Reverse Knife Grip Limits of Application.AVI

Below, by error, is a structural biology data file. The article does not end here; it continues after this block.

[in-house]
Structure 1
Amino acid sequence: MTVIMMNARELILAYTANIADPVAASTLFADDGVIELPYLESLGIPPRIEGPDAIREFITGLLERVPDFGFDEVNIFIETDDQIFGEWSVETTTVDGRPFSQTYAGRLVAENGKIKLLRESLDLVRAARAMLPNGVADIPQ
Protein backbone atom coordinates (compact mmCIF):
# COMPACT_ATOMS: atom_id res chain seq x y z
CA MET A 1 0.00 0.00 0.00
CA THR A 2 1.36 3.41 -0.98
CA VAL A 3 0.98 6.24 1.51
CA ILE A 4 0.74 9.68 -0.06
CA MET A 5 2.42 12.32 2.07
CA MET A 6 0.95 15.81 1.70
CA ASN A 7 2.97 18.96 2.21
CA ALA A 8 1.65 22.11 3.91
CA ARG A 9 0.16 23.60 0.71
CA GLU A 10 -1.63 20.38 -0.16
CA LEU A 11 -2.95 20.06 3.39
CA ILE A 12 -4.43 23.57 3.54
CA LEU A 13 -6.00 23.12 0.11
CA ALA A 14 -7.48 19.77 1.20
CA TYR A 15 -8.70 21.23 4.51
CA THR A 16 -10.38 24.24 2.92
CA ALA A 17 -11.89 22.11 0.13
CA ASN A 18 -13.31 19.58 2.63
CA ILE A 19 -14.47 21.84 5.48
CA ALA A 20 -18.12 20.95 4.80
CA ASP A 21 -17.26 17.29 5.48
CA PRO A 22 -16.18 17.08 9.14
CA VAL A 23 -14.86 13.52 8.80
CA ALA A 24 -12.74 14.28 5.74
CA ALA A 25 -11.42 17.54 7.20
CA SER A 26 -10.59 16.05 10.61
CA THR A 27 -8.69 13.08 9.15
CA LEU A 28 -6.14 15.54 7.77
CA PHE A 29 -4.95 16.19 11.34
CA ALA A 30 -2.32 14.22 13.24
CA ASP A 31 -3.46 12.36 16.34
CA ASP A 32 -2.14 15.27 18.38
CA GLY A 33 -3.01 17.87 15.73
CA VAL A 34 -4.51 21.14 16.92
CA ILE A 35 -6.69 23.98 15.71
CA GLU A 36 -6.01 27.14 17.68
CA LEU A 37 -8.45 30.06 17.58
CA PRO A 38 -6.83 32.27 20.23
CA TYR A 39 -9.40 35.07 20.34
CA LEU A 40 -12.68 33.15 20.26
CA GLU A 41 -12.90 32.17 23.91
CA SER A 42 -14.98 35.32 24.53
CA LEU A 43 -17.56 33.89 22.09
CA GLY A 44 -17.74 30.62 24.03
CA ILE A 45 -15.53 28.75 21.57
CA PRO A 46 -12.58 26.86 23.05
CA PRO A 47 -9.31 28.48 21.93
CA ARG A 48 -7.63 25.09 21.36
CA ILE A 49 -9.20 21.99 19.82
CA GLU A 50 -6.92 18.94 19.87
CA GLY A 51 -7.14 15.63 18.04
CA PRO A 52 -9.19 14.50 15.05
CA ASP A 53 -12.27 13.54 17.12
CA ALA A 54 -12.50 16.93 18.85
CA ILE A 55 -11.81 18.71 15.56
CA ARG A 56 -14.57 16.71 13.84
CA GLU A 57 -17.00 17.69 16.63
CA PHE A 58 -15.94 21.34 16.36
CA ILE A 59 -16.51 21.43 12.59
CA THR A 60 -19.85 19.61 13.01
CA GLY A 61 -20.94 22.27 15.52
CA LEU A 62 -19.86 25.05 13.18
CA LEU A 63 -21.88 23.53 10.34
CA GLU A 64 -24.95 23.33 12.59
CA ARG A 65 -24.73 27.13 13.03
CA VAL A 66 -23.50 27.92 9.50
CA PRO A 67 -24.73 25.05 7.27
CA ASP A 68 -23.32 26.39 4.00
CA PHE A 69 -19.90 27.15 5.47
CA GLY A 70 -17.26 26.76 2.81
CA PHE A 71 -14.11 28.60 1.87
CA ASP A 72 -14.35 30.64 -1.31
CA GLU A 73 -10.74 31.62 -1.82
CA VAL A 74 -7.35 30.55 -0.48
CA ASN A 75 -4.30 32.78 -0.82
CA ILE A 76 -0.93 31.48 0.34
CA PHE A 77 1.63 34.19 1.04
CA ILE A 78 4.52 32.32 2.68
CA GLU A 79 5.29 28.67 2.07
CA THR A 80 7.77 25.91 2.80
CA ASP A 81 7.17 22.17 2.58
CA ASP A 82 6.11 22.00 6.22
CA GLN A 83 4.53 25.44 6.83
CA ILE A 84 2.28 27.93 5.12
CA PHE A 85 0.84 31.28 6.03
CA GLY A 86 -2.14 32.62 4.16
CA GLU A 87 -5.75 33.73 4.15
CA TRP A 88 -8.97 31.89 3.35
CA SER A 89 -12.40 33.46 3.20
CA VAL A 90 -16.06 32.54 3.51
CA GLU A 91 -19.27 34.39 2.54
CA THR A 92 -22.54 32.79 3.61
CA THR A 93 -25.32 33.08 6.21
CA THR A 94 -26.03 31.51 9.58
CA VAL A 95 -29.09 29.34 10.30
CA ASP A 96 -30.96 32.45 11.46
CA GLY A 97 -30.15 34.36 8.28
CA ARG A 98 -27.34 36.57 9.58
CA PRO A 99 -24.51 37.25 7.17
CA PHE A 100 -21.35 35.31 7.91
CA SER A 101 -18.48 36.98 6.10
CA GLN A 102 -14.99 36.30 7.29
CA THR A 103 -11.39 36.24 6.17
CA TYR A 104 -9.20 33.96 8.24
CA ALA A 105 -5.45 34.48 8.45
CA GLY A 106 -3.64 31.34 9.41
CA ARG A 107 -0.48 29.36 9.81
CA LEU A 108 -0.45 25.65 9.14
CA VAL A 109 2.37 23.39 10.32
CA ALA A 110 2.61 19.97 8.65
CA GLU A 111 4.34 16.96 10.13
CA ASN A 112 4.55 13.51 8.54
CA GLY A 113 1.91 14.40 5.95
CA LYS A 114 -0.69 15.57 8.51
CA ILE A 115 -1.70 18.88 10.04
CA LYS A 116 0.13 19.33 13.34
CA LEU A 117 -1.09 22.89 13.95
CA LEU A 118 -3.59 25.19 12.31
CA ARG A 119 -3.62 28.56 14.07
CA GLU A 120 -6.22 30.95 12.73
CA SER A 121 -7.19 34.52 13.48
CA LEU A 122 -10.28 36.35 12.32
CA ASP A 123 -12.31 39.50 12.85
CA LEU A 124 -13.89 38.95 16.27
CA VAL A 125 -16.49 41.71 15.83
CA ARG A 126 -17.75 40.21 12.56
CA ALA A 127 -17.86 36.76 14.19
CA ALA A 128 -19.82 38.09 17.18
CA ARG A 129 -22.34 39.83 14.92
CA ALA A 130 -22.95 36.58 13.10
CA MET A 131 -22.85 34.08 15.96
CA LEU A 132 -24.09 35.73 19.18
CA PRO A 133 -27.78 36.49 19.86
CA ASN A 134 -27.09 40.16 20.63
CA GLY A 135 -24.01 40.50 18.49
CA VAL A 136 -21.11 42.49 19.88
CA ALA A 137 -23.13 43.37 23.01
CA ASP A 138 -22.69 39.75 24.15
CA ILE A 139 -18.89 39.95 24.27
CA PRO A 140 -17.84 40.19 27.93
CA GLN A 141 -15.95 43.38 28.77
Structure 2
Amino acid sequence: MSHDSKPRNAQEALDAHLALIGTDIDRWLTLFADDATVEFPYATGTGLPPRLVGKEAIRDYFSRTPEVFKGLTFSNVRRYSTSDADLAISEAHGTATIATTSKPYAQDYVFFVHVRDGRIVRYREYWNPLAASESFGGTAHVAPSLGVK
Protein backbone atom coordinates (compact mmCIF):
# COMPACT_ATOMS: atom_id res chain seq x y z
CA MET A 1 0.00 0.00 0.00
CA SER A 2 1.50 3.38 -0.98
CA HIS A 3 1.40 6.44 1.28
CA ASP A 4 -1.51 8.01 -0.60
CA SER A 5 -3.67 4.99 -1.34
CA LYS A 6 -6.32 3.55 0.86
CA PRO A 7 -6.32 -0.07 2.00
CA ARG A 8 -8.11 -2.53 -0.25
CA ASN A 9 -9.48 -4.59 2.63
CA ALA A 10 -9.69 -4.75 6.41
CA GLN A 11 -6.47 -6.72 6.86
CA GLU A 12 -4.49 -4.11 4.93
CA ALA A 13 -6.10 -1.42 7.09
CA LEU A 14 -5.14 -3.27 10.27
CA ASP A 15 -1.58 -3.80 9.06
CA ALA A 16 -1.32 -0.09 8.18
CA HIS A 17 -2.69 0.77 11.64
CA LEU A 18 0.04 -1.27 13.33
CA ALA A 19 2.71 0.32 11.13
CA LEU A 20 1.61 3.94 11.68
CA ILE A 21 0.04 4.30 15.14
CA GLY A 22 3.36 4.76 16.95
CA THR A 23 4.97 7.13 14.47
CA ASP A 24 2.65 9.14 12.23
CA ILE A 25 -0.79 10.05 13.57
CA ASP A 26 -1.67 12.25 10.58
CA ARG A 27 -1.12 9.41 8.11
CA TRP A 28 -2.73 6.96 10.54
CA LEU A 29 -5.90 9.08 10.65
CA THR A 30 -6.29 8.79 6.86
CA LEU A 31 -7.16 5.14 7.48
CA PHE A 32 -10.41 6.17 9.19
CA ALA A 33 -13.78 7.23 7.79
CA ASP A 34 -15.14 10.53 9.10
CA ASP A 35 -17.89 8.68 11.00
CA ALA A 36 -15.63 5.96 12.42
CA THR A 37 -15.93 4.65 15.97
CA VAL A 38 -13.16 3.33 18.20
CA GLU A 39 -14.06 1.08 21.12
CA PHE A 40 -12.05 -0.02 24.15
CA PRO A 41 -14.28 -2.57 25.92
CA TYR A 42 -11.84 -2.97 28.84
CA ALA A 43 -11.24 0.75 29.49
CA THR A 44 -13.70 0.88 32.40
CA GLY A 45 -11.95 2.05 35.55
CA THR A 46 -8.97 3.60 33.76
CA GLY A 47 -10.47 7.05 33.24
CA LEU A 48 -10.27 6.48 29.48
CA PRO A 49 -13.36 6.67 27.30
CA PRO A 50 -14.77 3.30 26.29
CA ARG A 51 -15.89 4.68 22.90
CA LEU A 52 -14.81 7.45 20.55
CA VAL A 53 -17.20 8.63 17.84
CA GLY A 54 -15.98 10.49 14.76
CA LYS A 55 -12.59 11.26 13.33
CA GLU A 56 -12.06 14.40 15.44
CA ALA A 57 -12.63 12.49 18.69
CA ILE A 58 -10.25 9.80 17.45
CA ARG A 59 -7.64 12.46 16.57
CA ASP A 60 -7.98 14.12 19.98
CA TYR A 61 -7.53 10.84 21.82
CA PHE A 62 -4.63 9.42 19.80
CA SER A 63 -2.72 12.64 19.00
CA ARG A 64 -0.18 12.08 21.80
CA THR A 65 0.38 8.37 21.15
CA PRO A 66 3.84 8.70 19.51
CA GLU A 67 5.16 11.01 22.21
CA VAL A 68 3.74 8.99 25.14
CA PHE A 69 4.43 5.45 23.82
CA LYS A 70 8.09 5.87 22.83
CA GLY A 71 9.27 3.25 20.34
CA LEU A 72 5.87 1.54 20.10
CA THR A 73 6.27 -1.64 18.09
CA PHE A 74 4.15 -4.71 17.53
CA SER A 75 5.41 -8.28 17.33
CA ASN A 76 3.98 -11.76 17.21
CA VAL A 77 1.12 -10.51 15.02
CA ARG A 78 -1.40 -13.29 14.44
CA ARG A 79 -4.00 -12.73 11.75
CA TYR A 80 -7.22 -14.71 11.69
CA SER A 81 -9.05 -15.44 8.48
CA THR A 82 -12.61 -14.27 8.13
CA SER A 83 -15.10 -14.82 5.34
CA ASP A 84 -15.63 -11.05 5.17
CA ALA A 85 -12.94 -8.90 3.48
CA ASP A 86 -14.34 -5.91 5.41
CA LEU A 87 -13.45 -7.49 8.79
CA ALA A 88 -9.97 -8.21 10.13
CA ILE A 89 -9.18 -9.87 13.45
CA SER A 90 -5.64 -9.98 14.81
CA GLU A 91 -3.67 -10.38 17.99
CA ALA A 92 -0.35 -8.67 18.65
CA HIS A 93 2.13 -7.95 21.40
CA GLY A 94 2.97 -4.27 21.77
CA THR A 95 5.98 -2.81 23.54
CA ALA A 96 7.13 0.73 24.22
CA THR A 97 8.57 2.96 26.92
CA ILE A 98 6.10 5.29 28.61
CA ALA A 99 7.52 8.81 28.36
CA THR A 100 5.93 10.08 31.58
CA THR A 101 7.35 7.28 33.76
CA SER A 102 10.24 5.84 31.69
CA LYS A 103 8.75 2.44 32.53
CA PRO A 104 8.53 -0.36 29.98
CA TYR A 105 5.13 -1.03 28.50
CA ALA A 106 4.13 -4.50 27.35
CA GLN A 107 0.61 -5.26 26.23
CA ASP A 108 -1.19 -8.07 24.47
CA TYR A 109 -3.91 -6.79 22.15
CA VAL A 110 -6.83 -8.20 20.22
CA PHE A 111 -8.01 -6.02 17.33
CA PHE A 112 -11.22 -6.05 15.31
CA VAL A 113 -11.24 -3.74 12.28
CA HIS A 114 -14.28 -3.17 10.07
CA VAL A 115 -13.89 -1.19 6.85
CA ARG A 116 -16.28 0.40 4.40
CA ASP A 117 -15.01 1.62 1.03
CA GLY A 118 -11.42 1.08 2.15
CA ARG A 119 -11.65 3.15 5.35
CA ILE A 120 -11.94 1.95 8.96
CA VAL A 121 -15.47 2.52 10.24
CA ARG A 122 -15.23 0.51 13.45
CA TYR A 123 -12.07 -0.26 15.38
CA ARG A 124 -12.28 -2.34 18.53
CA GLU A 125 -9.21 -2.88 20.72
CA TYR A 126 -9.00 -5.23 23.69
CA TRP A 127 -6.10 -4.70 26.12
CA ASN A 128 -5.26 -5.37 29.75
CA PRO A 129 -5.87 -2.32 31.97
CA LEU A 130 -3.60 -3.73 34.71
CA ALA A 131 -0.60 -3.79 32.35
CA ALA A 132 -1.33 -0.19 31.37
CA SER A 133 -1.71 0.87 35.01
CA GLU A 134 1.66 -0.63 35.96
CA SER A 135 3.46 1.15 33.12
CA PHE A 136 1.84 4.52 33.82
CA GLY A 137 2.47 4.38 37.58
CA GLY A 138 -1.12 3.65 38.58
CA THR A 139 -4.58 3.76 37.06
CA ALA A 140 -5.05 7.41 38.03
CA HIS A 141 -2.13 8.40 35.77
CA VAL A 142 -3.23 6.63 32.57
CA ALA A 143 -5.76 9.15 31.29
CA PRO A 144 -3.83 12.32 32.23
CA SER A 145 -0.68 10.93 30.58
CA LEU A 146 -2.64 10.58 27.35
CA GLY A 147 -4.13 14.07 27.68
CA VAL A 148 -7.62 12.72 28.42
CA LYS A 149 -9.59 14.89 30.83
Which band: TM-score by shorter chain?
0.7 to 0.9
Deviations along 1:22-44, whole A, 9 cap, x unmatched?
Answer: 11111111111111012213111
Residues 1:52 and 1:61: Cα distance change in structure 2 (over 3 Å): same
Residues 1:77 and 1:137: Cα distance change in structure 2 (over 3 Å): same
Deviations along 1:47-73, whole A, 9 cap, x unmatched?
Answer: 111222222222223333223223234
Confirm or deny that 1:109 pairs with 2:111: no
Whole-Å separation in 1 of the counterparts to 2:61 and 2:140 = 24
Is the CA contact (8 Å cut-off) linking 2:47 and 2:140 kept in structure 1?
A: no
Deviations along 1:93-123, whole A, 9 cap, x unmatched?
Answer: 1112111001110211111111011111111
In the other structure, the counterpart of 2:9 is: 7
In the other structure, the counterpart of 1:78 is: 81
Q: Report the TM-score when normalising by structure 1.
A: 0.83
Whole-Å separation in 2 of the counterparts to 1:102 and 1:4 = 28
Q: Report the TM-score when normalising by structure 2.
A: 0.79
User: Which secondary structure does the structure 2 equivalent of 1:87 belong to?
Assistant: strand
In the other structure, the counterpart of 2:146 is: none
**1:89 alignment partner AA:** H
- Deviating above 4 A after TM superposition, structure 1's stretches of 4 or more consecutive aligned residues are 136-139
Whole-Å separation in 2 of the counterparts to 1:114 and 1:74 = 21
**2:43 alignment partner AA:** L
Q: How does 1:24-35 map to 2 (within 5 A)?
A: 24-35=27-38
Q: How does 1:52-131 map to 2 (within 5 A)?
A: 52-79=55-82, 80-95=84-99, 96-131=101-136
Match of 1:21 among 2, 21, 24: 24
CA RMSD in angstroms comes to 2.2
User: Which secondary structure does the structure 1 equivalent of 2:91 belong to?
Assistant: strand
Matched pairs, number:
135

The Reverse grip, also called the ice-pick grip and the pinky-side grip, is a very popular method of holding a knife, especially in the world of commercial martial arts, and Hollywood. Some schools of thought will argue that the reverse grip is specific to the blade extending from the pinky side of the hand, with the cutting edge out, while they refer to the ice-pick grip as the blade extending from the pinky-side of the hand, with the edge facing the wielder. That is cutting hairs–pun intended. Here at DCAS, when the blade extends from the thumb side of the grip, since the blade is forward, in relationship to the wielder, it’s merely labeled the “forward grip,” which is called the “hammer grip” in many MA circles. When we reverse this weapon’s orientation, extending out the pinky-side of the grip, this grip is simply labeled the way it is oriented: the “reverse grip.” Since we regularly train with and use double edged blades, it doesn’t matter which way the edge is oriented. Therefore, the “Reverse grip” is “reverse” of “Forward grip!” Obviously, if an edged weapon is single-edged and held in the reverse grip, we want to use the knife to its maximum effectiveness as its structural functioning dictates. This demands that the blade is oriented to cut as well as to stab. We maximize all weapons’ structural design through functional utility of that weapon. In this demo, I am using the Aranyik K-7, from Miles and Aranyik Blades of Hawaii (Highly recommend these tools and